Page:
Large molecule characterization using automated patch clamp

Automated patch clamp solutions have been used for years to routinely research ion channels on large molecules. Being able to screen and characterizing large molecules on automated patch clamp is the key to ensure an efficient drug discovery process.

Sophion read more

Today, more than 90% of all approved drugs are coming from research on small molecules, but large molecules research is rapidly rising in prominence. The importance of drug discovery already constitute the lion’s share of the top 10 selling drugs worldwide.

Large molecules have gained more attention due to their mode of action, often achieving greater target specificity and potency than small molecule drugs.

Learn more about the various classes of large molecules and ion channel research on our Qube and QPatch solutions here

Pharmacological evaluation of GABAA receptor subtypes on Qube 384

Ligand-gated experiments require many compound additions for incubation, stimulation, test drug and combinations thereof. Enabling that in 384-format tremendously enhances the throughput which is necessary to find the interesting new NAMs, PAMs or other types of compounds.

Here we report studies of three subtypes of GABAA channels using Qube 384 and with focus on:

  • Short ligand exposure with repetitive stimulations with EC50 concentrations of GABA
  • Effects of agonists, antagonists and modulators
  • Cumulative and non-cumulative concentration-response relationships
  • Characterizing the pharmacological properties of four cell lines expressing different GABAA subtypes

For the full application report, please see here.

Sophion Seminar in Japan

Friday 19th October we hosted the annual Sophion Seminar in Tokyo. More than 40 interested visitors were there to hear interesting talks and see the QPatch II for the first time in Japan.

QPatch II was presented to the audience and among others, Prof. Koichi Nakajo gave an educational lecture on “Stochiometry and function of potassium channel auxiliary subunits”.

Also, Juha Kammonen from Charles Rivers, UK gave a talk on how they at Charles River have successfully implemented the Qube into their ion channel drug discovery screening cascade, and he presented example data from both a high throughput screening campaign and a hit-to-lead project.

CMIC Pharma Science was hosting the meeting – the settings were fantastic for the reception party that followed the meeting.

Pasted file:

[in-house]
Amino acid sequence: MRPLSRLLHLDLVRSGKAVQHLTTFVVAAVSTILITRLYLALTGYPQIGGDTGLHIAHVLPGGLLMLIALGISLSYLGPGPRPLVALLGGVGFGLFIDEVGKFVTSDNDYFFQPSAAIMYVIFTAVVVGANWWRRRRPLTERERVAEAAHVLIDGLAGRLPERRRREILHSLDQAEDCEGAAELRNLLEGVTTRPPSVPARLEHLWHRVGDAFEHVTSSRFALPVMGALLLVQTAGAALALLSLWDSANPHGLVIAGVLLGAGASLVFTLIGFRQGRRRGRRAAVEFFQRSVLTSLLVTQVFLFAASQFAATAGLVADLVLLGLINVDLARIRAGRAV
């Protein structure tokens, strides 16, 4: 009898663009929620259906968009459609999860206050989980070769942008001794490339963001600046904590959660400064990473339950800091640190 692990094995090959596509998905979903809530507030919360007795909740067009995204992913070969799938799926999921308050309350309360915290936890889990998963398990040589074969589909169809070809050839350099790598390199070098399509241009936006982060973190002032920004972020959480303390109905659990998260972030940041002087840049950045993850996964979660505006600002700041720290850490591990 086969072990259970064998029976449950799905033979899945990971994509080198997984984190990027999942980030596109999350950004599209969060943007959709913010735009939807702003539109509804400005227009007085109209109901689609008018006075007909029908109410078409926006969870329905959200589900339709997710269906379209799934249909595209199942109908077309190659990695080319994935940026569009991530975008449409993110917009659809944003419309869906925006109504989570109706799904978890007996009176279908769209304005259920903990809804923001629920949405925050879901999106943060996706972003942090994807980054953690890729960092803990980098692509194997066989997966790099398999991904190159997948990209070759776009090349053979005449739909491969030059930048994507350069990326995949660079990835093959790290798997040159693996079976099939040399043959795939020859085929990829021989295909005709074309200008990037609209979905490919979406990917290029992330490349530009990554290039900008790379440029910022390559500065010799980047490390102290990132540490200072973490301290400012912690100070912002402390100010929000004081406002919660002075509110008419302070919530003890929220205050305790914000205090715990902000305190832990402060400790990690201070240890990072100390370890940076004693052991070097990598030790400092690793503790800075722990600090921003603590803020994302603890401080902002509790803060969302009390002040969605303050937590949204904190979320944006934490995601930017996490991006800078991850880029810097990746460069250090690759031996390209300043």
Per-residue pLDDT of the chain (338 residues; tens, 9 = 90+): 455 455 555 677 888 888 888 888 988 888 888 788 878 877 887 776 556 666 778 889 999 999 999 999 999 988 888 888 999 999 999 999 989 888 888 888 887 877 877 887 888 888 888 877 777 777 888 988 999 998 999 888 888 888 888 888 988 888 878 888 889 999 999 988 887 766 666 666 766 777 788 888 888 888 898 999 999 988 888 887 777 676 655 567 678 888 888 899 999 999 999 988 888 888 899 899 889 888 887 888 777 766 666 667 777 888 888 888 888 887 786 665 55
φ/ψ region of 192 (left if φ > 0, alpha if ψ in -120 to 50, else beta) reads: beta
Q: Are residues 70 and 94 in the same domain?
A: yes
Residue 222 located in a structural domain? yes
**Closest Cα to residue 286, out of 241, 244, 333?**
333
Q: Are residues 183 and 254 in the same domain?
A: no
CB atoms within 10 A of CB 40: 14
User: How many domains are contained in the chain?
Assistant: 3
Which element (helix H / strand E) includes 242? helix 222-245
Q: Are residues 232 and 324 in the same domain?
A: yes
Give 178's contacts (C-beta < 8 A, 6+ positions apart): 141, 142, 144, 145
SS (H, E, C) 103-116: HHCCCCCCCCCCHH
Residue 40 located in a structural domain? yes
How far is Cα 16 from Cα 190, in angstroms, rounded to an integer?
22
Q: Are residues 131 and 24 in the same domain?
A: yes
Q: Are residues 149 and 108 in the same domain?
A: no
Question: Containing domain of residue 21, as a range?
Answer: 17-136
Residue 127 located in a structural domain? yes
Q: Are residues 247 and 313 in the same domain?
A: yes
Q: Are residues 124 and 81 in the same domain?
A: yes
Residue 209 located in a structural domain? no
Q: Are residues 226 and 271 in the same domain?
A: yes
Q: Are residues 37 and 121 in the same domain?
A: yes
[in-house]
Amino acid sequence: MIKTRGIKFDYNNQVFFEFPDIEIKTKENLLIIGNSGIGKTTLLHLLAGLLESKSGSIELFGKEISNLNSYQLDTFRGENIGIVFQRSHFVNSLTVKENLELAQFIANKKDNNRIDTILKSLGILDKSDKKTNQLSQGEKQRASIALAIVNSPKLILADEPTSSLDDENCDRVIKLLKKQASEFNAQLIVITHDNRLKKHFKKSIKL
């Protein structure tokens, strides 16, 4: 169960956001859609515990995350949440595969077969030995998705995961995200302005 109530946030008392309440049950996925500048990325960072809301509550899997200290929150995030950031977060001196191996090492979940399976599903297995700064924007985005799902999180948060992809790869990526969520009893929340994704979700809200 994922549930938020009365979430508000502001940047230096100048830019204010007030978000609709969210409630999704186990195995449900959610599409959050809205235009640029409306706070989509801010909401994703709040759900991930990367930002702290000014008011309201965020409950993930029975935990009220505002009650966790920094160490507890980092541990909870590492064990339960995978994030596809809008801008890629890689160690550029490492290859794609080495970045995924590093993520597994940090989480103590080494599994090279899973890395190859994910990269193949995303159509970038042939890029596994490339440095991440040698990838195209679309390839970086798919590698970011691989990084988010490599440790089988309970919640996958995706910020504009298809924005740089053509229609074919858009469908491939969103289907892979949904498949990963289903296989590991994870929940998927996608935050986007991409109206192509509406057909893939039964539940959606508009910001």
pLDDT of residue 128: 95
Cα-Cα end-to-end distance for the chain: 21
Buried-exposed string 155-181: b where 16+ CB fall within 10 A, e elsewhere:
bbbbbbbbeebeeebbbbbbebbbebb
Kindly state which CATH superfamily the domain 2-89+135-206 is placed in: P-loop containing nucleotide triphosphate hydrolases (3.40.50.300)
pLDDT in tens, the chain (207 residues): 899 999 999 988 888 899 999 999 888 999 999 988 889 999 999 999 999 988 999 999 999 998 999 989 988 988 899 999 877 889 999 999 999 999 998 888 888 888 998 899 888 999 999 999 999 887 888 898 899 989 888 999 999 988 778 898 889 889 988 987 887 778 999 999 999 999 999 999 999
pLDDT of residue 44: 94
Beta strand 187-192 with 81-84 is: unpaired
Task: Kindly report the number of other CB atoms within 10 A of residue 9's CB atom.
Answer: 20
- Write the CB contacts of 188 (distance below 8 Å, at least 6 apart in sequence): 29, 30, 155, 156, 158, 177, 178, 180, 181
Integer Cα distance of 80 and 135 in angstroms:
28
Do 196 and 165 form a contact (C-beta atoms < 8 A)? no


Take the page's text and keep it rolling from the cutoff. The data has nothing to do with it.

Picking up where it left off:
Mechanism of action elucidated with Qube

Two papers were recently published mechanistic studies; in Inhibitory effects of cannabidiol on voltage-dependent sodium currents Xenon together with Simon Frasier University used temperature control on Qube to describe the potency and mechanism of cannabidiol binding to voltage-gated sodium channels. Interestingly the potency is higher at lower temperatures. In Selective Nav1.7 Antagonists with Long Residence Xenon together with Genentech describe the mechanism of several of their compounds in selectively inhibiting Nav1.7, which is relevant in relation to inflammatory and neuropathic pain. These compounds act very slowly, but Qube allows more than one hour long experiments with very good voltage control during the whole experiment or as the authors state:

“Appropriate filters for minimum seal resistance and minimum current size were applied, and series resistance was compensated >80% to yield high- quality sodium channel recordings on par with manual voltage clamp techniques”

Qube is designed for drug discovery

We asked one of our customers how they screen several hundred thousands of compounds with high fidelity electrophysiology?

“We let the Qube run our large screening campaigns unattended during the night so we can run and develop other assays on the same instruments during the day”

Juha Kammonen, Principal Scientist, Charles River Laboratories

Orion with their brand new Qube

How easy is it to use Qube?

At Sophion we believe that ease of use is important. When a customer spontaneously express clear appreciation of how easy it is to use our systems, we know we got it right:

“It was true that it’s really up and running after two days training. We are very pleased”

Maija Ivaska, Research Assistant, Orion Pharma

Ease of use does not come by itself with sophisticated electrophysiological recordings in automated patch clamp, but is embedded in the Sophion DNA.

Ask for a demo anywhere in the world to experience this yourself. We are so confident that you will be allowed to run your own experiments at the end of the first day….and that is not always the case with APC instruments.

With our instruments you can perform experiments with a very low risk of human error and large degree standardization, enabling easy learning, many operators and high laboratory efficiency.

Read more about Qube here.

Fast desensitizing ion channels recorded on Qube 384

Some ligand gated ion channels have a tendency to desensitize over time, making it difficult to establish a stable assay baseline. Rapid compound washout can counteract desensitization by reducing ligand exposure time to a minimum.

On Qube 384 the minimum washout is now less than 1 second (0.8 s), enabling stable assay for fast desensitizing ion channels.

With nAChRa1 as model, acetyl choline as agonist and tetracaine as test compound, a stable and high performance assay was established with:

  • Ligand exposure time 0.8 s
  • Whole-cell resistance of average 1.2 GΩ
  • Overall success rate of 89%
  • Very tight data – CV of ≤ 9% for control rows and columns
  • Z’ > 0.70
  • No desensitization observed

You can read the whole report here.

Temperature control on Qube 384 – pharmacological dependency of hERG reference compounds

Studies of temperature dependencies can be done efficiently and reliably on Qube 384. In this study we directly measure change in potency with change in temperature on four different compounds, emphasizing the importance of temperature when studying drug candidates.

See the new application report here.